John McCain’s health plan was more radical and even more progressive than Obama Care. I’ve never seen any serious health policy wonk deny that. Maybe Millenson doesn’t live in a battle ground state. If he did, he would know that the Obama campaign spent more money attacking the McCain health plan during the election than has ever been spent for or against a public policy idea in the history of the republic. In fact, it is probably no exaggeration to say that Obama successfully turned the election into a referendum on the McCain health plan!
And although Millenson singles out Oklahoma Senator Tom Coburn as an especially egregious example of the Republican failure on health policy, the McCain vision actually was based on a bill, sponsored by Sen. Coburn and Sen. Richard Burr (R-NC), along with Reps. Paul Ryan (R-WI) and Devin Nunes (R-CA), [hereinafter called the Coburn bill]. That bill, in turn, was based on an idea which Mark Pauly and I proposed in a Health Affairsarticle more than a decade ago. (Does Millenson not read Health Affairs?)
What would individual health insurance cost if the court strikes the mandate down and still requires insurers to cover everyone?
With the Supreme Court justices sounding like they might strike the mandate down, this is a question I’ve been getting a lot lately.
I have pointed to New Jersey as a real life example of what can happen when insurance reforms take place but there is no incentive for consumers to buy it until the day they need it.
In 1992, New Jersey passed health insurance reform that required insurance carriers to either offer individual health insurance on a guaranteed issue basis or pay an assessment to carriers that did. Other elements of the legislation were:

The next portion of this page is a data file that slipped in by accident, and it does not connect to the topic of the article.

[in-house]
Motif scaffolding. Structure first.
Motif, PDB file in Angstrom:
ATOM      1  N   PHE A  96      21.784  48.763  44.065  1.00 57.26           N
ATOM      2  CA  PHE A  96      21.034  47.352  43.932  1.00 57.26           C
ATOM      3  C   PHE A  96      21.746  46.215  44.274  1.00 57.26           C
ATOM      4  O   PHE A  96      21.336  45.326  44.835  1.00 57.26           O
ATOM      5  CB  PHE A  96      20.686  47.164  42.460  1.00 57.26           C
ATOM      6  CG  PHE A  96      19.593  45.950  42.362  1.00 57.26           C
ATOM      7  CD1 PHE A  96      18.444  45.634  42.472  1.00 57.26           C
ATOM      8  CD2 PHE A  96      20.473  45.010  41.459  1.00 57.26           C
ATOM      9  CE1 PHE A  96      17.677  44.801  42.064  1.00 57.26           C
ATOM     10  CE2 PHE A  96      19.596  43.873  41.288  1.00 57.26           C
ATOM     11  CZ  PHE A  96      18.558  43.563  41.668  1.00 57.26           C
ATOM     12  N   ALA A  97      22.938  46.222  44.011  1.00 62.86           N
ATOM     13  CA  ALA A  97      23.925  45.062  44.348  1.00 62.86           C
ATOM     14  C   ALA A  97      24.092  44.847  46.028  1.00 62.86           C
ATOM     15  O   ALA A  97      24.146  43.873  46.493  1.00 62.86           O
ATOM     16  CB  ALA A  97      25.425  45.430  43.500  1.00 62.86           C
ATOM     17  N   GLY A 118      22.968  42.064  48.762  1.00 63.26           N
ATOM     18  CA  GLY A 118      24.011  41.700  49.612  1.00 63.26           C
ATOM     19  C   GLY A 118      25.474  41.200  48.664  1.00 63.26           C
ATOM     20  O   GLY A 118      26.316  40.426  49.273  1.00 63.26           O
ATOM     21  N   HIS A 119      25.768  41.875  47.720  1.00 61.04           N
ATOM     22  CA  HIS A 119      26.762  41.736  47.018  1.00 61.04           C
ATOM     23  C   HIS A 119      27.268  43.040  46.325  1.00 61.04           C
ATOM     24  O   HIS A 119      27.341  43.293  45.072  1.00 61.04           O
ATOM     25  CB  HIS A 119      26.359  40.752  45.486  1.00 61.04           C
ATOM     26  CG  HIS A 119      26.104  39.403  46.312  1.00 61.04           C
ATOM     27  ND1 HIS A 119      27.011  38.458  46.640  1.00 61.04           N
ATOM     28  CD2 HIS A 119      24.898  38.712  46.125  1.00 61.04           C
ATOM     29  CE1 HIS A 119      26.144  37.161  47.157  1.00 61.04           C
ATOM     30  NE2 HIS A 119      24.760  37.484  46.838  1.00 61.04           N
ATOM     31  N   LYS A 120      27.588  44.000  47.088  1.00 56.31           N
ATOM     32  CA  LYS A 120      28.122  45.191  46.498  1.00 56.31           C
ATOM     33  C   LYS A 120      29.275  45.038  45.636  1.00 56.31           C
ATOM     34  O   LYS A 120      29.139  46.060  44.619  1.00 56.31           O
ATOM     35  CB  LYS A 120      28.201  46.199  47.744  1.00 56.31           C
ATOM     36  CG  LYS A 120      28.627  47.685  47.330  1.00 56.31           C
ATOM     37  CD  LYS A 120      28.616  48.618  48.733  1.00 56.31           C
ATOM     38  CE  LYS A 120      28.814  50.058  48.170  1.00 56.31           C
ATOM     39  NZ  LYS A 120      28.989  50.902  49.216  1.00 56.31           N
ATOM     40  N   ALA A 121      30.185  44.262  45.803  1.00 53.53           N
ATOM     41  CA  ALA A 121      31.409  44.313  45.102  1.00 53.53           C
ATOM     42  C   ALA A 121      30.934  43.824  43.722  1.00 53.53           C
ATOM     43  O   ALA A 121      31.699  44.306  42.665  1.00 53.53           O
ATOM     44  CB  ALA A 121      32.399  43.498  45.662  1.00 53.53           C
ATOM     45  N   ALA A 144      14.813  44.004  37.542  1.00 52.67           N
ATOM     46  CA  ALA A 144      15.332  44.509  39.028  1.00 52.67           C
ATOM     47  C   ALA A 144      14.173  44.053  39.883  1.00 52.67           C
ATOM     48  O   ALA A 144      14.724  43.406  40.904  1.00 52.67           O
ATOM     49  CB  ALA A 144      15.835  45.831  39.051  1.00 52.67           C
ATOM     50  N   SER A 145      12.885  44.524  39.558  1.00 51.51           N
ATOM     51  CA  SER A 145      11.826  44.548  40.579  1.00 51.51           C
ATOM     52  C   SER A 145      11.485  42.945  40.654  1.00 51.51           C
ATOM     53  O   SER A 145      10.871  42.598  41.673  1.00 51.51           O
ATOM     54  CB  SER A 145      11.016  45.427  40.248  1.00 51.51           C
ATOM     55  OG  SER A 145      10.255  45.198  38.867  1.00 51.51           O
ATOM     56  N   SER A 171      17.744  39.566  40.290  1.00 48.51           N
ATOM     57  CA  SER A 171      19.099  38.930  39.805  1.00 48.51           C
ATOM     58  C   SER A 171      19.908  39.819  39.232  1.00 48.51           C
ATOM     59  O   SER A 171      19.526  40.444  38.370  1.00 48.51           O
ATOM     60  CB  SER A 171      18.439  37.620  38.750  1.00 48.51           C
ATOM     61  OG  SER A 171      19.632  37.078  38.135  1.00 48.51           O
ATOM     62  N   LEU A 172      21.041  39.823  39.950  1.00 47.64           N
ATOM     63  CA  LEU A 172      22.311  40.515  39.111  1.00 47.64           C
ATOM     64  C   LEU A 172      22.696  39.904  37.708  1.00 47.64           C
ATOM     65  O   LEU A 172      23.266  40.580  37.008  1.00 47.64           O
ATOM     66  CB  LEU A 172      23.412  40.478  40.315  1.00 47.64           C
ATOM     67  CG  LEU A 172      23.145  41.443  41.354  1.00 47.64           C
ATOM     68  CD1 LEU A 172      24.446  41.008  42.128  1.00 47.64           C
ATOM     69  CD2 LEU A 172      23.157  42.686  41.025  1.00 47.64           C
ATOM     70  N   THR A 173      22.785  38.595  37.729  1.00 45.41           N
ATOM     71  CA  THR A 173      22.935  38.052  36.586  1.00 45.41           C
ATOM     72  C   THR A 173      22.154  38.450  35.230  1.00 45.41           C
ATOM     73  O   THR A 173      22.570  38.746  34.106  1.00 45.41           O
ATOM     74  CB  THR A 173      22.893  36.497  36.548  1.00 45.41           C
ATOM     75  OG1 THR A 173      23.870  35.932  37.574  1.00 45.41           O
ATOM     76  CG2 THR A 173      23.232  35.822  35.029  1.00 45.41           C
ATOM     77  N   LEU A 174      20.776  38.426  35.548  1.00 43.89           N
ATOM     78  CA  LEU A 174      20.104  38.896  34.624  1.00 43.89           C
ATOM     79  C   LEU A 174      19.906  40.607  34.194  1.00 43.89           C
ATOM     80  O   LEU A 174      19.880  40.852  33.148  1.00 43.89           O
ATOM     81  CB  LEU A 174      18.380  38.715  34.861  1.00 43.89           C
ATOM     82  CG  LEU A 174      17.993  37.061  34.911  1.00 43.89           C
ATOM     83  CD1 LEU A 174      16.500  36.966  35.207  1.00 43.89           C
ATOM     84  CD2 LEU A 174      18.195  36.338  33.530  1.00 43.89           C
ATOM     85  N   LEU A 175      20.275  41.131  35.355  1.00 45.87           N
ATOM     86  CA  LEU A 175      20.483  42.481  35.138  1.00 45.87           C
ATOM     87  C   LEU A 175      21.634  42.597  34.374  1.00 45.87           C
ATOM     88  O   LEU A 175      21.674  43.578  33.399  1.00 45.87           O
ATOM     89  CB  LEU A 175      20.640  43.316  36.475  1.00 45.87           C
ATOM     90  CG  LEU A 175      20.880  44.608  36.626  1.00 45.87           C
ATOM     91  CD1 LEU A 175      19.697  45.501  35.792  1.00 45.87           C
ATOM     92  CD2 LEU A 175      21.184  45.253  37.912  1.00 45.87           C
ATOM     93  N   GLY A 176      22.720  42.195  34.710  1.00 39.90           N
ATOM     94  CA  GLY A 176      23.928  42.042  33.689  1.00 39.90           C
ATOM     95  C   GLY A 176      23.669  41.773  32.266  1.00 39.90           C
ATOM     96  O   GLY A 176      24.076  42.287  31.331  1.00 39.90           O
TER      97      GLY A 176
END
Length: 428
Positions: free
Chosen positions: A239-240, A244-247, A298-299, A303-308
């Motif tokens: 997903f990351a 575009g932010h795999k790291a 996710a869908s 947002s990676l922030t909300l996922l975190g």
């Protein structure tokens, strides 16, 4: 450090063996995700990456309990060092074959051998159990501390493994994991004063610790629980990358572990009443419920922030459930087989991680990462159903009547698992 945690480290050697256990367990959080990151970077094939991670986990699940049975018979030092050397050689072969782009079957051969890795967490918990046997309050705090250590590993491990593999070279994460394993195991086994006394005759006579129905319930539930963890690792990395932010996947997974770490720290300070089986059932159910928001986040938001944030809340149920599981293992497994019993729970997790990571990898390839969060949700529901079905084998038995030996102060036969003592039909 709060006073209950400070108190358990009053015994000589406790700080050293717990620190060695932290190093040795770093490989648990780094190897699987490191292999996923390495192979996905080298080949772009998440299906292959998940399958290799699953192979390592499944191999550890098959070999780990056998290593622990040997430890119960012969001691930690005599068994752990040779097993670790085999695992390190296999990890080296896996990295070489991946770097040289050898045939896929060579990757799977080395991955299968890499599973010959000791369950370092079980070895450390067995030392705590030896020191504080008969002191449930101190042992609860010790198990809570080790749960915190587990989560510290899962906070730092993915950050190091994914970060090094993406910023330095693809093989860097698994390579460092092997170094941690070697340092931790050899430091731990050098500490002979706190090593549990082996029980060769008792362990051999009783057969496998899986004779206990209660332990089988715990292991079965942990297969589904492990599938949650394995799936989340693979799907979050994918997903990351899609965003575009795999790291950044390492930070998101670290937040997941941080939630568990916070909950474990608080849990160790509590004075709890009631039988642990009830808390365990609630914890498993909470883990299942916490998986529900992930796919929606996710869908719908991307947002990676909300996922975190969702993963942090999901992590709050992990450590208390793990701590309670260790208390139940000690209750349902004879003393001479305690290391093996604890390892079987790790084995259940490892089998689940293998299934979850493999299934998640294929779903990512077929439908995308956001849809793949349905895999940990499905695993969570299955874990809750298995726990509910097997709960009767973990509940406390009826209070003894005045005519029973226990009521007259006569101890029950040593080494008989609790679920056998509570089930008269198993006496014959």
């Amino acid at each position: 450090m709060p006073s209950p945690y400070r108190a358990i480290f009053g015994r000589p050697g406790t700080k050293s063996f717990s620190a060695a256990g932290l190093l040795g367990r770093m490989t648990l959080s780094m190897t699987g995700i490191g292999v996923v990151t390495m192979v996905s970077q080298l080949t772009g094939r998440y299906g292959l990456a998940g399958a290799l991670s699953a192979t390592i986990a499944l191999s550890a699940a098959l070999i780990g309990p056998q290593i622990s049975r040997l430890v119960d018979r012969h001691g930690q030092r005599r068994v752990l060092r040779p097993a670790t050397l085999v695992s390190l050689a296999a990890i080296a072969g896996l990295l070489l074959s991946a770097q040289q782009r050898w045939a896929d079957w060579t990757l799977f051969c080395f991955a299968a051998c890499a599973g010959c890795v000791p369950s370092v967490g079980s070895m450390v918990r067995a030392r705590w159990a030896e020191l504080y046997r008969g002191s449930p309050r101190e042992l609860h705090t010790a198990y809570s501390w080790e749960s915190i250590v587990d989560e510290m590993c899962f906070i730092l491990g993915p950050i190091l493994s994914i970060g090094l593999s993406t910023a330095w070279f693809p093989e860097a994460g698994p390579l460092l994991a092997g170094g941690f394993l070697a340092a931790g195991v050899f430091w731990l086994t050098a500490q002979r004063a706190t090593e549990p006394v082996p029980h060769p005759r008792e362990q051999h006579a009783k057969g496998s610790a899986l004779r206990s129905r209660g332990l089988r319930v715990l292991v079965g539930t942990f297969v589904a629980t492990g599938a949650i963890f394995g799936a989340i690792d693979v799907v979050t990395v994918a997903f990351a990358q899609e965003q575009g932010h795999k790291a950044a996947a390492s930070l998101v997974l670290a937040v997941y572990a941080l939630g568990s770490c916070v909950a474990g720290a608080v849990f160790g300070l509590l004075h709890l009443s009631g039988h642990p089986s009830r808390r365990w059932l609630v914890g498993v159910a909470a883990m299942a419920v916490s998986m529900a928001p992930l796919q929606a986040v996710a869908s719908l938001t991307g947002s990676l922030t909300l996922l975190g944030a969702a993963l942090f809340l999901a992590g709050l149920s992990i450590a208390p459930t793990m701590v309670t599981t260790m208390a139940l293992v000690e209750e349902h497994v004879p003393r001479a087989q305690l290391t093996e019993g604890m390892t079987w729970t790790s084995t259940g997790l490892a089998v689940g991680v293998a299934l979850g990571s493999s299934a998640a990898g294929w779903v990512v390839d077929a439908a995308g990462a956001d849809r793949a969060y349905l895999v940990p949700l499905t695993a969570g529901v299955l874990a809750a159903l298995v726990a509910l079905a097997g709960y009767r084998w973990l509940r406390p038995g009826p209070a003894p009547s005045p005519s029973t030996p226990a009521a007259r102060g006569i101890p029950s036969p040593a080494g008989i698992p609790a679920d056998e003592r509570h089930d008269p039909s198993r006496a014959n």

Guaranteed coverage and renewability for all eligible people regardless of their health status. A pre-existing condition exclusion does allow insurers to limit coverage during the first 12 months (a limitation which is not contained in the Affordable Care Act).
Guaranteed renewal of policies, provided (1) the insured does not become eligible for coverage under a group plan; (2) premiums are paid in a timely fashion; and (3) no fraud is committed by the insured.
Community rating of the premiums, with variation allowed only for family status (single, adult plus child, husband and wife, and family). (The Affordable Care Act allows rate variations of up to three times from young to old.)
Standardized insurance plans, referred to as Plans A, B, C, and D (indemnity options) and a single HMO plan.
I have not been able to determine how you pronounce the acronym for Accountable Care Organization (ACO). Is it ā´ ko? Or ā´ so? Or ăh so´, as in Charlie Chan movies? What about ĕ´ ko, as in a canyon? Or simply ick, with a silent o?
Anyway, this is not a trivial matter because you are likely to be in an ACO at some point in the future and it’s probably going to happen sooner than you think.